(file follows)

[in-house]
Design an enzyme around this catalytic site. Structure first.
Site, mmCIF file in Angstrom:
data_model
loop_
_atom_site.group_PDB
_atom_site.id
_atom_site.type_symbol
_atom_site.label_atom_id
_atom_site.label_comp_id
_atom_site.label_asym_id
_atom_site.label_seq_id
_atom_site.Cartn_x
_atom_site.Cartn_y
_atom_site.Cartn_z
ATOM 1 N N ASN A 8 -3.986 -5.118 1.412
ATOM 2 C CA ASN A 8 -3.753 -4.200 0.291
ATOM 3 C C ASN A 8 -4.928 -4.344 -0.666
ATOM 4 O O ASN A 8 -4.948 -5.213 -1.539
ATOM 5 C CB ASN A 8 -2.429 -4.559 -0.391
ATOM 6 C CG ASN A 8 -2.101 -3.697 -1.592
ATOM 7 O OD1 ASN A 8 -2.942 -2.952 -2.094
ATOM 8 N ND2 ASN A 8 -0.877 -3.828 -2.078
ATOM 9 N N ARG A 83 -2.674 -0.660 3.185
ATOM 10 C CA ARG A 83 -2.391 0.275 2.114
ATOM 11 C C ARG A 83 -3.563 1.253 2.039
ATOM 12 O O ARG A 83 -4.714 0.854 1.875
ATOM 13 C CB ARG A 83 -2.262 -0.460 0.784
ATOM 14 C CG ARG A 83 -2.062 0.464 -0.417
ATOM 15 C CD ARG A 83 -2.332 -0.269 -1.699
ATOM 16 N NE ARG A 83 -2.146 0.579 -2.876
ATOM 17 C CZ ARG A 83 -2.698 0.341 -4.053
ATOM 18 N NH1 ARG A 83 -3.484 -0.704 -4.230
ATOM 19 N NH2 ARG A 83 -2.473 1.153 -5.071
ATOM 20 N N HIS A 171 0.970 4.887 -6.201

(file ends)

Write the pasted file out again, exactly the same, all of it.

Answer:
[in-house]
Design an enzyme around this catalytic site. Structure first.
Site, mmCIF file in Angstrom:
data_model
loop_
_atom_site.group_PDB
_atom_site.id
_atom_site.type_symbol
_atom_site.label_atom_id
_atom_site.label_comp_id
_atom_site.label_asym_id
_atom_site.label_seq_id
_atom_site.Cartn_x
_atom_site.Cartn_y
_atom_site.Cartn_z
ATOM 1 N N ASN A 8 -3.986 -5.118 1.412
ATOM 2 C CA ASN A 8 -3.753 -4.200 0.291
ATOM 3 C C ASN A 8 -4.928 -4.344 -0.666
ATOM 4 O O ASN A 8 -4.948 -5.213 -1.539
ATOM 5 C CB ASN A 8 -2.429 -4.559 -0.391
ATOM 6 C CG ASN A 8 -2.101 -3.697 -1.592
ATOM 7 O OD1 ASN A 8 -2.942 -2.952 -2.094
ATOM 8 N ND2 ASN A 8 -0.877 -3.828 -2.078
ATOM 9 N N ARG A 83 -2.674 -0.660 3.185
ATOM 10 C CA ARG A 83 -2.391 0.275 2.114
ATOM 11 C C ARG A 83 -3.563 1.253 2.039
ATOM 12 O O ARG A 83 -4.714 0.854 1.875
ATOM 13 C CB ARG A 83 -2.262 -0.460 0.784
ATOM 14 C CG ARG A 83 -2.062 0.464 -0.417
ATOM 15 C CD ARG A 83 -2.332 -0.269 -1.699
ATOM 16 N NE ARG A 83 -2.146 0.579 -2.876
ATOM 17 C CZ ARG A 83 -2.698 0.341 -4.053
ATOM 18 N NH1 ARG A 83 -3.484 -0.704 -4.230
ATOM 19 N NH2 ARG A 83 -2.473 1.153 -5.071
ATOM 20 N N HIS A 171 0.970 4.887 -6.201